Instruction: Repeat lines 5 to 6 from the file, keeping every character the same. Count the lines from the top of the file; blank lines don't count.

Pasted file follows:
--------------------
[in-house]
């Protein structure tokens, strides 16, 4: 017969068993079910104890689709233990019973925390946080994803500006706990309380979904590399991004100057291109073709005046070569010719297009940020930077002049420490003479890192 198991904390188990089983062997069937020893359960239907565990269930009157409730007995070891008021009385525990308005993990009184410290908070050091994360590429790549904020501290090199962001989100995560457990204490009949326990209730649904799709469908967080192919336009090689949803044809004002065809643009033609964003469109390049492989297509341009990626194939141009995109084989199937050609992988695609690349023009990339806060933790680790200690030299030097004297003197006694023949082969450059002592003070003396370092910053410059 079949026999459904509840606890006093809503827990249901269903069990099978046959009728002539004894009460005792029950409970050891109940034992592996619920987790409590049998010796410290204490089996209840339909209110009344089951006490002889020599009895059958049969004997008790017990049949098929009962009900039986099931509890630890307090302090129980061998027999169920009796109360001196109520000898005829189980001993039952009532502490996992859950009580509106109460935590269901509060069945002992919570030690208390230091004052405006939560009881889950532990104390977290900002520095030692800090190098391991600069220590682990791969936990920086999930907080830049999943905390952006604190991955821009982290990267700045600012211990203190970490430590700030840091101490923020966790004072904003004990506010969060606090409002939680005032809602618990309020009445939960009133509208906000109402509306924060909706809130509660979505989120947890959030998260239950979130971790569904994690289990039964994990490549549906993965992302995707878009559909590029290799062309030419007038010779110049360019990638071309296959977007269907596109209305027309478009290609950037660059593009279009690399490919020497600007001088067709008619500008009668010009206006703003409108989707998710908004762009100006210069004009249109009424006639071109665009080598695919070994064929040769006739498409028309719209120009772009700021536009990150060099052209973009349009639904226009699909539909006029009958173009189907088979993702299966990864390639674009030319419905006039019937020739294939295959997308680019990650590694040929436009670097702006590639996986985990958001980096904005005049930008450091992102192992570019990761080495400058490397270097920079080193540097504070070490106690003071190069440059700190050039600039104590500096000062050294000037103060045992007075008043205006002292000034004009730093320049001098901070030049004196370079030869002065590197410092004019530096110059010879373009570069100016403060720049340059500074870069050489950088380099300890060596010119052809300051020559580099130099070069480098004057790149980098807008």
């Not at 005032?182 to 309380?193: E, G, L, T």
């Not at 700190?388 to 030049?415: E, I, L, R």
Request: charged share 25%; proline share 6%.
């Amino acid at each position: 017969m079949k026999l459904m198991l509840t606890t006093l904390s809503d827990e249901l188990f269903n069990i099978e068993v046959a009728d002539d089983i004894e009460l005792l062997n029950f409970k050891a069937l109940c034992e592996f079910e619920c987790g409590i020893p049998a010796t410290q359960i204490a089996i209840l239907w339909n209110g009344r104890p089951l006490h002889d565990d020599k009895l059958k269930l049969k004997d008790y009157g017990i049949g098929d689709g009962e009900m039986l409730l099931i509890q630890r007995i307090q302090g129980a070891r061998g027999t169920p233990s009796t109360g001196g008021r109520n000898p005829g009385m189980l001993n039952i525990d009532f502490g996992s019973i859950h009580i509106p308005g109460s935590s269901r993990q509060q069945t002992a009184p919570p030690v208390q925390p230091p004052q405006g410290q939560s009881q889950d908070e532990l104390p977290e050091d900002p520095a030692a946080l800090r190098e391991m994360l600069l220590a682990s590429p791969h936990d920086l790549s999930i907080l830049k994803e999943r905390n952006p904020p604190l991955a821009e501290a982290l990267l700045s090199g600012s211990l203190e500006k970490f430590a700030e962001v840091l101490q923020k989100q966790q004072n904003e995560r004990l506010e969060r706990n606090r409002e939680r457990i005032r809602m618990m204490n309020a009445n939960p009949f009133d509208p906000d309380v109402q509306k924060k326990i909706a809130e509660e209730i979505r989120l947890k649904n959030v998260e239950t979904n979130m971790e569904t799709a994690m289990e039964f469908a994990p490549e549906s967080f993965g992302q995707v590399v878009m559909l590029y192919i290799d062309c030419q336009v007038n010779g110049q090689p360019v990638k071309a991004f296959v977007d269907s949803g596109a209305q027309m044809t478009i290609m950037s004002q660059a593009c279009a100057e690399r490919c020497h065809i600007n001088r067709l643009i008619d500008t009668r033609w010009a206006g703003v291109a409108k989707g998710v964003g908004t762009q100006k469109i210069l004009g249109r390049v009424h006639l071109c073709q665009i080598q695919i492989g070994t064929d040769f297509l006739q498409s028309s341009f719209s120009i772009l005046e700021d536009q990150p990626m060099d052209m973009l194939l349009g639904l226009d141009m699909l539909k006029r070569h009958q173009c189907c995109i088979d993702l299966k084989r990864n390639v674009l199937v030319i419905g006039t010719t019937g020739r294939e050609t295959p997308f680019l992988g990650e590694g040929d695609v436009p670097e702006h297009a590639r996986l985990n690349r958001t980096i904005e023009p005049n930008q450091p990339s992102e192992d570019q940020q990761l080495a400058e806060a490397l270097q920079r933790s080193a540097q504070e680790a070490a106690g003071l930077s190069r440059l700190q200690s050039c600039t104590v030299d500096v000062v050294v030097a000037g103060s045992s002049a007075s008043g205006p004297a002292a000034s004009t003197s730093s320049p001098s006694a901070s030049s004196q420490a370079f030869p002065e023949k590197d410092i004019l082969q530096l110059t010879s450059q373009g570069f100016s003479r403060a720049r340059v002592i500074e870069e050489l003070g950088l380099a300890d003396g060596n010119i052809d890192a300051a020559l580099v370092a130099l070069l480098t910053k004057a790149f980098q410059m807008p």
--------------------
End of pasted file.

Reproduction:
Request: charged share 25%; proline share 6%.
């Amino acid at each position: 017969m079949k026999l459904m198991l509840t606890t006093l904390s809503d827990e249901l188990f269903n069990i099978e068993v046959a009728d002539d089983i004894e009460l005792l062997n029950f409970k050891a069937l109940c034992e592996f079910e619920c987790g409590i020893p049998a010796t410290q359960i204490a089996i209840l239907w339909n209110g009344r104890p089951l006490h002889d565990d020599k009895l059958k269930l049969k004997d008790y009157g017990i049949g098929d689709g009962e009900m039986l409730l099931i509890q630890r007995i307090q302090g129980a070891r061998g027999t169920p233990s009796t109360g001196g008021r109520n000898p005829g009385m189980l001993n039952i525990d009532f502490g996992s019973i859950h009580i509106p308005g109460s935590s269901r993990q509060q069945t002992a009184p919570p030690v208390q925390p230091p004052q405006g410290q939560s009881q889950d908070e532990l104390p977290e050091d900002p520095a030692a946080l800090r190098e391991m994360l600069l220590a682990s590429p791969h936990d920086l790549s999930i907080l830049k994803e999943r905390n952006p904020p604190l991955a821009e501290a982290l990267l700045s090199g600012s211990l203190e500006k970490f430590a700030e962001v840091l101490q923020k989100q966790q004072n904003e995560r004990l506010e969060r706990n606090r409002e939680r457990i005032r809602m618990m204490n309020a009445n939960p009949f009133d509208p906000d309380v109402q509306k924060k326990i909706a809130e509660e209730i979505r989120l947890k649904n959030v998260e239950t979904n979130m971790e569904t799709a994690m289990e039964f469908a994990p490549e549906s967080f993965g992302q995707v590399v878009m559909l590029y192919i290799d062309c030419q336009v007038n010779g110049q090689p360019v990638k071309a991004f296959v977007d269907s949803g596109a209305q027309m044809t478009i290609m950037s004002q660059a593009c279009a100057e690399r490919c020497h065809i600007n001088r067709l643009i008619d500008t009668r033609w010009a206006g703003v291109a409108k989707g998710v964003g908004t762009q100006k469109i210069l004009g249109r390049v009424h006639l071109c073709q665009i080598q695919i492989g070994t064929d040769f297509l006739q498409s028309s341009f719209s120009i772009l005046e700021d536009q990150p990626m060099d052209m973009l194939l349009g639904l226009d141009m699909l539909k006029r070569h009958q173009c189907c995109i088979d993702l299966k084989r990864n390639v674009l199937v030319i419905g006039t010719t019937g020739r294939e050609t295959p997308f680019l992988g990650e590694g040929d695609v436009p670097e702006h297009a590639r996986l985990n690349r958001t980096i904005e023009p005049n930008q450091p990339s992102e192992d570019q940020q990761l080495a400058e806060a490397l270097q920079r933790s080193a540097q504070e680790a070490a106690g003071l930077s190069r440059l700190q200690s050039c600039t104590v030299d500096v000062v050294v030097a000037g103060s045992s002049a007075s008043g205006p004297a002292a000034s004009t003197s730093s320049p001098s006694a901070s030049s004196q420490a370079f030869p002065e023949k590197d410092i004019l082969q530096l110059t010879s450059q373009g570069f100016s003479r403060a720049r340059v002592i500074e870069e050489l003070g950088l380099a300890d003396g060596n010119i052809d890192a300051a020559l580099v370092a130099l070069l480098t910053k004057a790149f980098q410059m807008p």